Sales of existing homes fell to their lowest rate in nine months in January. Sales dropped 4.9 percent to a seasonally adjusted annual rate of 4.82 million according to the National Association of Realtors. The sales decline was widespread, affecting all regions in the U.S.
“January housing data can be volatile because of seasonal influences, but low housing supply and the ongoing rise in home prices above the pace of inflation appeared to slow sales despite interest rates remaining near historic lows,” said Lawrence Yun, NAR Chief economist. “Realtors are reporting that low rates are attracting potential buyers, but the lack of new and affordable listings is leading some to delay decisions.”
Housing inventory increased 0.5 percent to 1.87 million existing homes for sale but was 0.5 percent under last year’s level of 1.88 million. At the current sales rate, unsold inventory would last 4.7 months.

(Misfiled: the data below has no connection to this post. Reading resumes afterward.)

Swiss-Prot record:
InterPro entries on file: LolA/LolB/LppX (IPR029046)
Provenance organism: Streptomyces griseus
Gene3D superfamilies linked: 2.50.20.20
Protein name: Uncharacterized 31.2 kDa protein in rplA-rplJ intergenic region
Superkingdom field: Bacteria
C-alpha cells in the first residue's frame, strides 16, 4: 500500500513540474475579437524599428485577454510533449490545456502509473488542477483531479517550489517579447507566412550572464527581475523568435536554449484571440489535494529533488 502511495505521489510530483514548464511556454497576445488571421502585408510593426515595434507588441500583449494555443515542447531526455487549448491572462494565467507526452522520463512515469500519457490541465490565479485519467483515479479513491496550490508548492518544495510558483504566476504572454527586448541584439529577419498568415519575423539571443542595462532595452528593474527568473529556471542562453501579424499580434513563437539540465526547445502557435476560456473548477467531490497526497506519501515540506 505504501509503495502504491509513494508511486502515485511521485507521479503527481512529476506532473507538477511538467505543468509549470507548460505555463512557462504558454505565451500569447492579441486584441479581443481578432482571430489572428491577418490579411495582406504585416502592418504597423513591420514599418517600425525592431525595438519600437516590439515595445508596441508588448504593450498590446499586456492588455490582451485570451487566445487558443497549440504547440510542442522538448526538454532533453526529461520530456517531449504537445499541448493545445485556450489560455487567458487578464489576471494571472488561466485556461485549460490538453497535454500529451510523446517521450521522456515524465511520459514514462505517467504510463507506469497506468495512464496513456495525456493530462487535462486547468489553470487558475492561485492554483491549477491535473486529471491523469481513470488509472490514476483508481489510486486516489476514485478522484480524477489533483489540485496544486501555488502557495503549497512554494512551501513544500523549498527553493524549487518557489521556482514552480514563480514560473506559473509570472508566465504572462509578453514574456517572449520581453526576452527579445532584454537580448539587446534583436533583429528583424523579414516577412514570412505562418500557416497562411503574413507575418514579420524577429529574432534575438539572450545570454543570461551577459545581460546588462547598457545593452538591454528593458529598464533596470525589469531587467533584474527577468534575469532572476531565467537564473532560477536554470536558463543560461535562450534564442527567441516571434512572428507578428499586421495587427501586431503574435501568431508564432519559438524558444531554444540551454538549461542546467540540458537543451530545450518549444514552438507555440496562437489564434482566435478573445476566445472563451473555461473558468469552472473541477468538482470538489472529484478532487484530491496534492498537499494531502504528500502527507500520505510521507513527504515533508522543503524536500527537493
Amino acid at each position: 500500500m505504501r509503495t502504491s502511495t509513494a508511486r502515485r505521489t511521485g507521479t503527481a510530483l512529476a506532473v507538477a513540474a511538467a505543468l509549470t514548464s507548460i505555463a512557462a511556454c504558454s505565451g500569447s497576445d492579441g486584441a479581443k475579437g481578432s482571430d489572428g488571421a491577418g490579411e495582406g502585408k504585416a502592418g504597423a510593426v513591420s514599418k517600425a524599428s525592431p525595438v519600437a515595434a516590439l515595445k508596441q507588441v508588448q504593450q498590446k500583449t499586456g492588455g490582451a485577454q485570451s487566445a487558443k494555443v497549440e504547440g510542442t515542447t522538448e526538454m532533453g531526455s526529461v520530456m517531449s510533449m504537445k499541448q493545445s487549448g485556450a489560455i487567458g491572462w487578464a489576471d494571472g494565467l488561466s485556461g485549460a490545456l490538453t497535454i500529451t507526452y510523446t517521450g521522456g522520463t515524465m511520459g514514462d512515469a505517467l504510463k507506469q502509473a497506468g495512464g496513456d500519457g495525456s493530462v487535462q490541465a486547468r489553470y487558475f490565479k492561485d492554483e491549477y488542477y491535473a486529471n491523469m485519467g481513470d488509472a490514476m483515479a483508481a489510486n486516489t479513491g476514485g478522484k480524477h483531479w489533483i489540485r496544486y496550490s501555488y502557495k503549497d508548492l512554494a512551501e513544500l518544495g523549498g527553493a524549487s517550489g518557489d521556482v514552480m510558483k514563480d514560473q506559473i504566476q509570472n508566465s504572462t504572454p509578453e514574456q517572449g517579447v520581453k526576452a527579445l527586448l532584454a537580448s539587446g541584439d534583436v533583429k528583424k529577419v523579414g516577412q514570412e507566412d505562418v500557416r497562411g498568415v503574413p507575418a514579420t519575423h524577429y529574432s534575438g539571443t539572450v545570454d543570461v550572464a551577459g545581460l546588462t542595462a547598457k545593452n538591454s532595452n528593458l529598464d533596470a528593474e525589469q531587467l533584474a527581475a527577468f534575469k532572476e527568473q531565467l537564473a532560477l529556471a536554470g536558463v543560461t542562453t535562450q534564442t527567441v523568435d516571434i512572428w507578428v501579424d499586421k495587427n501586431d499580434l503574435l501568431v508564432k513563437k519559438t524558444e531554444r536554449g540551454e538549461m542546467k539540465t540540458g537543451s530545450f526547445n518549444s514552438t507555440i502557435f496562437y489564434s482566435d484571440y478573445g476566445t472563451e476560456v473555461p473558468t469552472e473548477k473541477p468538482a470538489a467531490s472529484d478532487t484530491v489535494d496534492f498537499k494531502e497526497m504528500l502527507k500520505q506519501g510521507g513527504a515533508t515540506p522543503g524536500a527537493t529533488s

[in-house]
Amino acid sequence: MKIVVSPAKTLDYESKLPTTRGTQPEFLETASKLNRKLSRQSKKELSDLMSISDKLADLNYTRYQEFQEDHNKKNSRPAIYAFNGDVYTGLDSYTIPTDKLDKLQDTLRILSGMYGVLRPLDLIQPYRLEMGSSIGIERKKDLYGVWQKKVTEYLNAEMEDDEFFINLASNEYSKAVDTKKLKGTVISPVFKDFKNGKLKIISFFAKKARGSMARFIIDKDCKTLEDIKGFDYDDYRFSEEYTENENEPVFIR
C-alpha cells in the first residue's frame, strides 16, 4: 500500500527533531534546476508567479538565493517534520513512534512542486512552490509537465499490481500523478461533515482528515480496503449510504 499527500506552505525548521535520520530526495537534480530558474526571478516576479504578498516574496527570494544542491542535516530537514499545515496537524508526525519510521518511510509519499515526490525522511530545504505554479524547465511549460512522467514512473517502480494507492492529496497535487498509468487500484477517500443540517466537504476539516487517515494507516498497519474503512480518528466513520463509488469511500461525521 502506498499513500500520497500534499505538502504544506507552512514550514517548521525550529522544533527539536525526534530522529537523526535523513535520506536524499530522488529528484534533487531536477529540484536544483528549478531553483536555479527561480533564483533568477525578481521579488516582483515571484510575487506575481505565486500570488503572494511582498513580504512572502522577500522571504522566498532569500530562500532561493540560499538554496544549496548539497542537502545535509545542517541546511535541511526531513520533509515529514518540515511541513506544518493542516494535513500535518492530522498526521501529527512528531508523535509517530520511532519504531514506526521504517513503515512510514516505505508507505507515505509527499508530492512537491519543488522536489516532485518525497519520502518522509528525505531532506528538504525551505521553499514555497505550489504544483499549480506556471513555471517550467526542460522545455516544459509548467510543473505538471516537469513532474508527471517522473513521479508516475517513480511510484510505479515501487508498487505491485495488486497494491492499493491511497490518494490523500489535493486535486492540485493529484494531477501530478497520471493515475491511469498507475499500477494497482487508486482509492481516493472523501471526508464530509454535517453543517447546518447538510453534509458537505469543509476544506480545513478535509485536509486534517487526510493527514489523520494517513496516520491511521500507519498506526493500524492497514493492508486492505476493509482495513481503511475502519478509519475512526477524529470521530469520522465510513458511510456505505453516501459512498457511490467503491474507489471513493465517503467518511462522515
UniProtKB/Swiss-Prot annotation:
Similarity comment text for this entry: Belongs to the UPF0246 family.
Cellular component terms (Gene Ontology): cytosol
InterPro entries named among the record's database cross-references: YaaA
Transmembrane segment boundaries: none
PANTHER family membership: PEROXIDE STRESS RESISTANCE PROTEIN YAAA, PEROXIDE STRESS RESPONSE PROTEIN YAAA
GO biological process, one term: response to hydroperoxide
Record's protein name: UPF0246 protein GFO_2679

The median existing home price was 6.2 percent higher than January 2014. Interest rates continue to be low, dropping to 3.67 percent in January. First time buyers are not lining up to buy, however, representing only 26 percent of sales in January.
Single family home sales fell 5.1 percent to a SAAR of 4.27 million, while existing condo sales fell 3.5 percent.
NAR President Chris Polychron blames the Federal Housing Administration “overly restrictive approval process” for limiting buyers access to condominium purchase. “Condominiums offer an affordable option and are the first step to homeownership for many homebuyers,” said Polychron. “NAR has urged the FHA to develop policies that will give buyers access to more flexible and affordable financing opportunities and a wider choice of approved condo developments.”
Sales declined in all regions: Northeast -6.0 percent, Midwest 2.7 percent, South -4.6 percent, and West -7.1 percent.
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